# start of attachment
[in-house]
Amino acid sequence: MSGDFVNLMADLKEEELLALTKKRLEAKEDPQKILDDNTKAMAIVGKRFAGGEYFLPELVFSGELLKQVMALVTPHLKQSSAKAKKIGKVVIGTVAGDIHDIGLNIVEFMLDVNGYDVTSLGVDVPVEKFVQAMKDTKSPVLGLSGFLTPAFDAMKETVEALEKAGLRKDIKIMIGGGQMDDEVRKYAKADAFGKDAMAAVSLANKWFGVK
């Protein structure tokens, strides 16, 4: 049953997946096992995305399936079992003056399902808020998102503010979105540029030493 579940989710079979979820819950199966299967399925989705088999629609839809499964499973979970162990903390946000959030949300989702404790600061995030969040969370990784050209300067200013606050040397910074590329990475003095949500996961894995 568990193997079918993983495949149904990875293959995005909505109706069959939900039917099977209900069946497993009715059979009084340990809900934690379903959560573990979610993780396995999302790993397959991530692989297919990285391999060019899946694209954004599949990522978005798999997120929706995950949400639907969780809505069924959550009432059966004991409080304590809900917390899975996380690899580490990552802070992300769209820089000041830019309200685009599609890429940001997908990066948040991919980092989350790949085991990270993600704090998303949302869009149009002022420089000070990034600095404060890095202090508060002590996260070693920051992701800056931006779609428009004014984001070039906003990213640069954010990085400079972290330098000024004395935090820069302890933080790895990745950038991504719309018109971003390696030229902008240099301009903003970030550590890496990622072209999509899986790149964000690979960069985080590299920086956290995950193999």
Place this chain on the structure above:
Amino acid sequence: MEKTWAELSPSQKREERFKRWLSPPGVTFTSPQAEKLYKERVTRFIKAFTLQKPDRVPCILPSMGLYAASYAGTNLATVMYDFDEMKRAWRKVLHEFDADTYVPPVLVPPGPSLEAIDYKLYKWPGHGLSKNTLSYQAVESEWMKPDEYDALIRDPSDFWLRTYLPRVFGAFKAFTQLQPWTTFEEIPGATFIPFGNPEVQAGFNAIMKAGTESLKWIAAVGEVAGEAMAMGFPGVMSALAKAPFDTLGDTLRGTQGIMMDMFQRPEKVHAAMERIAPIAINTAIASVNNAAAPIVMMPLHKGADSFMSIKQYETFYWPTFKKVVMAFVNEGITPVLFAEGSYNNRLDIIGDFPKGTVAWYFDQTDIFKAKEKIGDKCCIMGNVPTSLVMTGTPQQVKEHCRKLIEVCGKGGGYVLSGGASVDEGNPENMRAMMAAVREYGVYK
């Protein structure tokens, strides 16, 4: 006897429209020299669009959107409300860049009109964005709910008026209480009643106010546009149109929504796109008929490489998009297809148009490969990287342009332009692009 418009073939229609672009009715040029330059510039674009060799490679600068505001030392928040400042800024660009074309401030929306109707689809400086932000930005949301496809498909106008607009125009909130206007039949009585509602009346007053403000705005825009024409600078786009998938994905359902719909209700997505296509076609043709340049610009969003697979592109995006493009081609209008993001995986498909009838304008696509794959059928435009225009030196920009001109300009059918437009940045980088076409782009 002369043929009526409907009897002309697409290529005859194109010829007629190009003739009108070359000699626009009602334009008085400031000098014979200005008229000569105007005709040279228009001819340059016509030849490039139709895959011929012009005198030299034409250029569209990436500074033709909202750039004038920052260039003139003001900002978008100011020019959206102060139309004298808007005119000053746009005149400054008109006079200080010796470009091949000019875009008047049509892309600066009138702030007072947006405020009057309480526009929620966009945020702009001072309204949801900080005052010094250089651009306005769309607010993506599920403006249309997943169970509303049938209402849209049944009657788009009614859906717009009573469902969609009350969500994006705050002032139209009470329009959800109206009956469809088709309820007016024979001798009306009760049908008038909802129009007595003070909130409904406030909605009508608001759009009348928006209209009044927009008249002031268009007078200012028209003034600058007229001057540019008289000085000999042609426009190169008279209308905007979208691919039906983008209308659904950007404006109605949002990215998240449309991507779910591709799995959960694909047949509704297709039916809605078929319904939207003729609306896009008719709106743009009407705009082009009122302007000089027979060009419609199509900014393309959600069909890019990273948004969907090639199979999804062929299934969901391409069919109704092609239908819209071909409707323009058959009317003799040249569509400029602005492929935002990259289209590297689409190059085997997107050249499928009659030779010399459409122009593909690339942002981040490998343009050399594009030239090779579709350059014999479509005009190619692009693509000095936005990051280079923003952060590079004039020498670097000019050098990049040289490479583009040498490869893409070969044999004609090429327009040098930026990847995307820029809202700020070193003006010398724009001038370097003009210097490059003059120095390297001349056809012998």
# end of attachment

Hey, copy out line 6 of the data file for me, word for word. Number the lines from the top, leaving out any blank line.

């Protein structure tokens, strides 16, 4: 006897429209020299669009959107409300860049009109964005709910008026209480009643106010546009149109929504796109008929490489998009297809148009490969990287342009332009692009 418009073939229609672009009715040029330059510039674009060799490679600068505001030392928040400042800024660009074309401030929306109707689809400086932000930005949301496809498909106008607009125009909130206007039949009585509602009346007053403000705005825009024409600078786009998938994905359902719909209700997505296509076609043709340049610009969003697979592109995006493009081609209008993001995986498909009838304008696509794959059928435009225009030196920009001109300009059918437009940045980088076409782009 002369043929009526409907009897002309697409290529005859194109010829007629190009003739009108070359000699626009009602334009008085400031000098014979200005008229000569105007005709040279228009001819340059016509030849490039139709895959011929012009005198030299034409250029569209990436500074033709909202750039004038920052260039003139003001900002978008100011020019959206102060139309004298808007005119000053746009005149400054008109006079200080010796470009091949000019875009008047049509892309600066009138702030007072947006405020009057309480526009929620966009945020702009001072309204949801900080005052010094250089651009306005769309607010993506599920403006249309997943169970509303049938209402849209049944009657788009009614859906717009009573469902969609009350969500994006705050002032139209009470329009959800109206009956469809088709309820007016024979001798009306009760049908008038909802129009007595003070909130409904406030909605009508608001759009009348928006209209009044927009008249002031268009007078200012028209003034600058007229001057540019008289000085000999042609426009190169008279209308905007979208691919039906983008209308659904950007404006109605949002990215998240449309991507779910591709799995959960694909047949509704297709039916809605078929319904939207003729609306896009008719709106743009009407705009082009009122302007000089027979060009419609199509900014393309959600069909890019990273948004969907090639199979999804062929299934969901391409069919109704092609239908819209071909409707323009058959009317003799040249569509400029602005492929935002990259289209590297689409190059085997997107050249499928009659030779010399459409122009593909690339942002981040490998343009050399594009030239090779579709350059014999479509005009190619692009693509000095936005990051280079923003952060590079004039020498670097000019050098990049040289490479583009040498490869893409070969044999004609090429327009040098930026990847995307820029809202700020070193003006010398724009001038370097003009210097490059003059120095390297001349056809012998």